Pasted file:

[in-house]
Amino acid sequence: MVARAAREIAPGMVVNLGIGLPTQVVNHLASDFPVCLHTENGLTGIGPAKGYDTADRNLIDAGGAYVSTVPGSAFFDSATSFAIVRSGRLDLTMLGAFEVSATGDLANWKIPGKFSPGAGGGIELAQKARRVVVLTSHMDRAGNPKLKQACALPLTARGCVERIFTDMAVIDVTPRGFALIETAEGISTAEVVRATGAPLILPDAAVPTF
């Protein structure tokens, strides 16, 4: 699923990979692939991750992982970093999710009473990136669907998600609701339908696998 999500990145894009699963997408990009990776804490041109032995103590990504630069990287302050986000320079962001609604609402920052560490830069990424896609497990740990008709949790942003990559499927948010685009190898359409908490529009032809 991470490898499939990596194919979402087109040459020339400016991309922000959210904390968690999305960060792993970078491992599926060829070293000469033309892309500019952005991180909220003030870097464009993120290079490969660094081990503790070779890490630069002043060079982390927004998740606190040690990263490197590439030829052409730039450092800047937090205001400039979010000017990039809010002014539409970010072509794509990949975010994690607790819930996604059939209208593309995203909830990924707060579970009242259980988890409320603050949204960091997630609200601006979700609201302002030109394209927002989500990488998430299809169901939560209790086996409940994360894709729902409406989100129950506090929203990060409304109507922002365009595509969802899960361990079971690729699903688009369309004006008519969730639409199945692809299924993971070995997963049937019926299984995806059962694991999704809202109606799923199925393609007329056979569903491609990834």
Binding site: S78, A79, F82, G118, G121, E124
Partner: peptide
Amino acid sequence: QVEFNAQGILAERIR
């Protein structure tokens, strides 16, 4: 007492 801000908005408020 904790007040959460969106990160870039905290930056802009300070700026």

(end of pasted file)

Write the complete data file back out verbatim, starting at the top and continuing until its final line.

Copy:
[in-house]
Amino acid sequence: MVARAAREIAPGMVVNLGIGLPTQVVNHLASDFPVCLHTENGLTGIGPAKGYDTADRNLIDAGGAYVSTVPGSAFFDSATSFAIVRSGRLDLTMLGAFEVSATGDLANWKIPGKFSPGAGGGIELAQKARRVVVLTSHMDRAGNPKLKQACALPLTARGCVERIFTDMAVIDVTPRGFALIETAEGISTAEVVRATGAPLILPDAAVPTF
């Protein structure tokens, strides 16, 4: 699923990979692939991750992982970093999710009473990136669907998600609701339908696998 999500990145894009699963997408990009990776804490041109032995103590990504630069990287302050986000320079962001609604609402920052560490830069990424896609497990740990008709949790942003990559499927948010685009190898359409908490529009032809 991470490898499939990596194919979402087109040459020339400016991309922000959210904390968690999305960060792993970078491992599926060829070293000469033309892309500019952005991180909220003030870097464009993120290079490969660094081990503790070779890490630069002043060079982390927004998740606190040690990263490197590439030829052409730039450092800047937090205001400039979010000017990039809010002014539409970010072509794509990949975010994690607790819930996604059939209208593309995203909830990924707060579970009242259980988890409320603050949204960091997630609200601006979700609201302002030109394209927002989500990488998430299809169901939560209790086996409940994360894709729902409406989100129950506090929203990060409304109507922002365009595509969802899960361990079971690729699903688009369309004006008519969730639409199945692809299924993971070995997963049937019926299984995806059962694991999704809202109606799923199925393609007329056979569903491609990834």
Binding site: S78, A79, F82, G118, G121, E124
Partner: peptide
Amino acid sequence: QVEFNAQGILAERIR
């Protein structure tokens, strides 16, 4: 007492 801000908005408020 904790007040959460969106990160870039905290930056802009300070700026």